I have a real weakness for well told alternate histories and absolutely loved the first book, Farthing – see my review here – in this alternate Britain where we come to terms with Hitler’s Nazi Germany after initially joining the war. So in the early 1950s, the Nazi party runs Europe and is still fighting Russia and disturbing rumours percolate of death camps and gas chambers for any remaining Jews – although these are officially ignored or scoffed at.
However, the character who bounced off the page for me in Farthing – Lucy Khan – isn’t in Ha’penny. Would I still enjoy this book without such an outstanding protagonist? In a world where England has agreed a peace with Nazi Germany, one small change can carry a huge cost… Following the Farthing Peace, England appears to have all but completed an inexorable descent into fascist dictatorship. However when a bomb explodes in a London suburb, resistance seems to be underway. The brilliant but tormented Inspector Carmichael of Scotland Yard is assigned the case and uncovers a conspiracy of peers and communists to murder the Prime Minister and his ally: Adolf Hitler.
So there you have it – another murder mystery. Again, it has a real feel of an Agatha Christie whodunit during the investigative process where we follow Michael Carmichael’s efforts to discover who blew up a well-known actress and her companion. But under this apparently cosy surface is the darker underbelly of this novel – England is sleep-walking towards a dictatorship and Walton makes this seem chillingly plausible. For those of us who might bluster it could never happen here, in the cradle of democracy – just see how it’s done. A weakened opposition, a population demotivated to care overmuch about the political process – and an underclass feared and hated by almost everyone and used as a convenient scapegoat by politicians for the financial stagnation and hardship the country is suffering. In Ha’penny it is the Jews – but insert any other social minority that may spring to mind… Because when I read this book, I became aware that Walton isn’t writing about the past – she is flagging an urgent warning about the present. This book series should be required reading in all schools and colleges in my opinion – democracy is fragile and particularly in this country, I think we are waaay too complacent about our political system.
However, this book is a dual narrative – and alternating with the chapters where Carmichael is attempting to track down the bomber, is Violet Larkin, an actress from a high-born family raised in a draughty castle. Her parents’ desperate wish for a son to continue the family living at Carnforth Castle means there are six girls. They didn’t go to school, or indeed, receive much attention at all. So were largely left to their own devices. Viola describes a childhood where the siblings spent hours together playing or feuding, before adulthood scattered them. The family are, apparently, loosely based upon the Mitfords.
Viola rejects the life of a debutante to become an actress and is officially snubbed by her family, although her sisters do keep in touch from time to time. Celia marries Himmler and is living in Nazi Germany, while Siddy has become an active communist and tries to persuade Viola into helping with a scheme to try to bring about the end of the Third Reich. However, Viola isn’t interested – she’s apolitical, assuming that what the papers say is right. Her heart and soul is wrapped up in her acting career and she has just landed a plum part. In the current fashion for gender swapping classic roles, Violet gets to play Hamlet… And furthermore, the Prime Minister will be attending with a distinguished visitor – Adolf Hitler is on a state visit to the country and will be coming to see the play.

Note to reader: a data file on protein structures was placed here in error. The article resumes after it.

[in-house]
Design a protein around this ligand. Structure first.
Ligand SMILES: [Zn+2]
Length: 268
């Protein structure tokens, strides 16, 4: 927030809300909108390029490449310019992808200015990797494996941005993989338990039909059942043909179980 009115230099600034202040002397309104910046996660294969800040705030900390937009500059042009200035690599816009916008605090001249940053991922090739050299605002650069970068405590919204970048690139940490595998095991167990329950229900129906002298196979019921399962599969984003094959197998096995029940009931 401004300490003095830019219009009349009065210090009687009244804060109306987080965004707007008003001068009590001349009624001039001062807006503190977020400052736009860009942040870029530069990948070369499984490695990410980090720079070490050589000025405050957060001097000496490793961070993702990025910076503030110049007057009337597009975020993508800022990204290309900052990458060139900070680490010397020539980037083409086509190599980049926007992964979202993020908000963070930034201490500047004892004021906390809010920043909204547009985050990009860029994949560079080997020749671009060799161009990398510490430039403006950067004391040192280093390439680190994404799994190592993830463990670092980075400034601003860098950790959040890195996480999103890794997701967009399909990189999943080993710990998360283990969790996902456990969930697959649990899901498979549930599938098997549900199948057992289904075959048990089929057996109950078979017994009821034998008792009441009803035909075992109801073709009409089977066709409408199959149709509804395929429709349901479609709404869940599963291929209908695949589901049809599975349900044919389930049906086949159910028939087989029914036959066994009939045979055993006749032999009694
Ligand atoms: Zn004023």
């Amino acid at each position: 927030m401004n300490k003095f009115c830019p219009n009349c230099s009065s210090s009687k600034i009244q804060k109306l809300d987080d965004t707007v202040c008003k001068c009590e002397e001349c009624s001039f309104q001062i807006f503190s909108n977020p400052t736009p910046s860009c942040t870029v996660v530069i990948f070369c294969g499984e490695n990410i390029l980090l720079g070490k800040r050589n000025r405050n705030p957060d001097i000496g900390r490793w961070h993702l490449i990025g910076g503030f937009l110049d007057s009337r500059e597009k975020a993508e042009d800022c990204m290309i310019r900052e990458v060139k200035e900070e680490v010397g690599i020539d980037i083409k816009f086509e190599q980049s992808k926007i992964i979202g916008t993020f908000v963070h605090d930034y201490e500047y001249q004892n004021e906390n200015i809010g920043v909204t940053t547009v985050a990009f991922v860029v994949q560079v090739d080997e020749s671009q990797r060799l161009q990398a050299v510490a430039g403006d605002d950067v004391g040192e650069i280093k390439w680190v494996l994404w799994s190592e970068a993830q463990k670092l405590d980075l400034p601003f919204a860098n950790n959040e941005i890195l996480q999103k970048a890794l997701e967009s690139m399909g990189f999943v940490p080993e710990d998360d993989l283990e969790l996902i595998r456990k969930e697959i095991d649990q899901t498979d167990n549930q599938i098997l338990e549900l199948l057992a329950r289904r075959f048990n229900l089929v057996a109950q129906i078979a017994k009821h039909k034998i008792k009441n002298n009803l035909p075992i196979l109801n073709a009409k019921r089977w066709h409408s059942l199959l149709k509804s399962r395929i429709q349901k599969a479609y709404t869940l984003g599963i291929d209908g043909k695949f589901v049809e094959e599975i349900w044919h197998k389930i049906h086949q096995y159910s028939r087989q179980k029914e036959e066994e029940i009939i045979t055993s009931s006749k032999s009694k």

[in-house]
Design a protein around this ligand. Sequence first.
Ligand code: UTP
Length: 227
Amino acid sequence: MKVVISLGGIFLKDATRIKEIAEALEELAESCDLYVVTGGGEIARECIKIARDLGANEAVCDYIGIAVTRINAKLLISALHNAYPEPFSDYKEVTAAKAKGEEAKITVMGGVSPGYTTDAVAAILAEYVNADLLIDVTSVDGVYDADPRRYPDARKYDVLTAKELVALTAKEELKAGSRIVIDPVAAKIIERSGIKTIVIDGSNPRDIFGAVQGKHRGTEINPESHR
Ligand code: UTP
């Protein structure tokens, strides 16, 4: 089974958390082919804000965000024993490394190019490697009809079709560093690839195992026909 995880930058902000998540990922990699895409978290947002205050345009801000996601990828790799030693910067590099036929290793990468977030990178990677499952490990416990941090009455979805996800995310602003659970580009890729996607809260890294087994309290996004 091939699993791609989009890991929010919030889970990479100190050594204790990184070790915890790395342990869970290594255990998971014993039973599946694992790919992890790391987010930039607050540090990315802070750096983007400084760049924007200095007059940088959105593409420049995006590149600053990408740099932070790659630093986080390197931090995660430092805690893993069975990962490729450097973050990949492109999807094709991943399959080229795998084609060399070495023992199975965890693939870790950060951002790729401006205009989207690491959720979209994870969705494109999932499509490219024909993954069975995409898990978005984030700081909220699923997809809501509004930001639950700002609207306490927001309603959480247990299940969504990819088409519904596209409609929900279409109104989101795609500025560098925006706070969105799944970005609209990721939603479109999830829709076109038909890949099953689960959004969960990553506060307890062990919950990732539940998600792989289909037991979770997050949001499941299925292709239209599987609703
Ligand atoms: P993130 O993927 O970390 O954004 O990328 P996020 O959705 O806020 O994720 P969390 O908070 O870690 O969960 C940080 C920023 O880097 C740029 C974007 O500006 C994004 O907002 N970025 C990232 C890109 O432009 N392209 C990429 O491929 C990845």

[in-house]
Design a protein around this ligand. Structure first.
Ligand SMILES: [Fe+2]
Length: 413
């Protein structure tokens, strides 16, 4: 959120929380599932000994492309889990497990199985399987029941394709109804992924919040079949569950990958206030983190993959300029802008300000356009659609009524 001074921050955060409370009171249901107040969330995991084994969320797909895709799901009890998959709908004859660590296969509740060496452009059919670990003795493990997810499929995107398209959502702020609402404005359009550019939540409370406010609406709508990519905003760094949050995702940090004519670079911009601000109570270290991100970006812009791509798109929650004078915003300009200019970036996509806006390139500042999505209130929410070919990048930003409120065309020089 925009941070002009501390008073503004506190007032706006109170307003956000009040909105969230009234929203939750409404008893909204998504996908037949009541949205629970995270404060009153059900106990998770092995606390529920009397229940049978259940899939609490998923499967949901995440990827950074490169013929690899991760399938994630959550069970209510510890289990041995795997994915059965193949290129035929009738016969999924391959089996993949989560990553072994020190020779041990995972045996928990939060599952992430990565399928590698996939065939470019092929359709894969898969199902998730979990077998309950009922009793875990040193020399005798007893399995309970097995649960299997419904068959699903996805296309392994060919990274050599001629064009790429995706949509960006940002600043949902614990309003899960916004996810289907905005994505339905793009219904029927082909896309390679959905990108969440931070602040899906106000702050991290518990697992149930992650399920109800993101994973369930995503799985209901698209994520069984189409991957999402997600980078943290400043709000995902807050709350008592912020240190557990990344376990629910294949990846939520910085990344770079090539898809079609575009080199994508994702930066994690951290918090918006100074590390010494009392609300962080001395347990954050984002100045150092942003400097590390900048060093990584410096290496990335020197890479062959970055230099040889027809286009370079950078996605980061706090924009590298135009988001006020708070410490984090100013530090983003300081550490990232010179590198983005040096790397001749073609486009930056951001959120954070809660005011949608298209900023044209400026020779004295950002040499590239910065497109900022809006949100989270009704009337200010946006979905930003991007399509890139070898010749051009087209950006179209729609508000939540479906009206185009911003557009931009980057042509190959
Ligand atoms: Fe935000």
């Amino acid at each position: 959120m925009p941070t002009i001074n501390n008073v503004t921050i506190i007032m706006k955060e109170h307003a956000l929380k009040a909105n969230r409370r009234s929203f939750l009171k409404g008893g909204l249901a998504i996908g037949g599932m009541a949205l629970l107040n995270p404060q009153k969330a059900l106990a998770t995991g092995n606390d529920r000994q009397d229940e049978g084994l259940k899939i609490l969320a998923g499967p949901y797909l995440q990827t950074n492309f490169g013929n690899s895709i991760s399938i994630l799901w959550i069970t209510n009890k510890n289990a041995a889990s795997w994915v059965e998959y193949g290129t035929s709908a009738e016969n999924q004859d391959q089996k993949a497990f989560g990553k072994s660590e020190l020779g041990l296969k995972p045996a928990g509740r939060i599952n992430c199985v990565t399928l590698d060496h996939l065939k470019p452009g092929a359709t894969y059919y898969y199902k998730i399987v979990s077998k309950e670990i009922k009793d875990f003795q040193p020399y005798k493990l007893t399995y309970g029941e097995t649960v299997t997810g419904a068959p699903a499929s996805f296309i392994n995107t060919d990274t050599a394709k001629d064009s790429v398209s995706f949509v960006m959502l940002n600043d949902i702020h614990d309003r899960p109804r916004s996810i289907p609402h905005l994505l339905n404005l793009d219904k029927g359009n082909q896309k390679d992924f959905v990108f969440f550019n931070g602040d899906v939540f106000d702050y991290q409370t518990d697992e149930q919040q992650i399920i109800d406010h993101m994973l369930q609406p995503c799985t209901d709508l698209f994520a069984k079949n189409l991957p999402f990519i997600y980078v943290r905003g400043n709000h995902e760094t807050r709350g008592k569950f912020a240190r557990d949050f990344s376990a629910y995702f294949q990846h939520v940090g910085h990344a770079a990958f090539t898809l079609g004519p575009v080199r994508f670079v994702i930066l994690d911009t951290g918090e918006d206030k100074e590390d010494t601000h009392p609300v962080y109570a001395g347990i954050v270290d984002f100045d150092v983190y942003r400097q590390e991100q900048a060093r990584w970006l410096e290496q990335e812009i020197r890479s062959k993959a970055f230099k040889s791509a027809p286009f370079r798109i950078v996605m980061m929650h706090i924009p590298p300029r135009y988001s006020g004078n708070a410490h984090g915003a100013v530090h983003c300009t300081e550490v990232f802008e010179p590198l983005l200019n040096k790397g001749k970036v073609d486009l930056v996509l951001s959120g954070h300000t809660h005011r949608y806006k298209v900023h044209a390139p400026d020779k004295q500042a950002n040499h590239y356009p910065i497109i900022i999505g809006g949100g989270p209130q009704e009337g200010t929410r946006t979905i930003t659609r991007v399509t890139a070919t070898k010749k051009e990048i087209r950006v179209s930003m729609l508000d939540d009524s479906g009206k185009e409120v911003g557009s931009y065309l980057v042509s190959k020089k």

I lost my heart to Lucy Khan by the second page of Farthing – it took me a little longer to fully bond with Viola Larkin. She is a far more nuanced, complicated character, who has weathered a tricky start in life to find her own personal haven and is very reluctant to give it up and face what is going on around her. Throughout the book, she gradually begins to realise the truth of the situation – and then is confronted with the question, what should she do? Walton’s exceptional writing drew me right into the heart of Viola’s dilemma – and while my jaw dropped at her initial reaction, it didn’t take me long to realise that it was absolutely plausible.
I may have given the impression that this is a somewhat grimly turgid political tome, with a slight leavening of a whodunit adventure. Nothing could be further from the truth – Walton is always all about entertaining her reader and ensures that the storyline is king. It is what she also manages to pack between the lines with her sophisticated, understated prose that makes her a shining talent. And this book is every bit as gripping and suspense-filled as Farthing – and leaves Inspector Carmichael with a spiffy new job, heading up the British equivalent of the Gestapo… I can’t wait.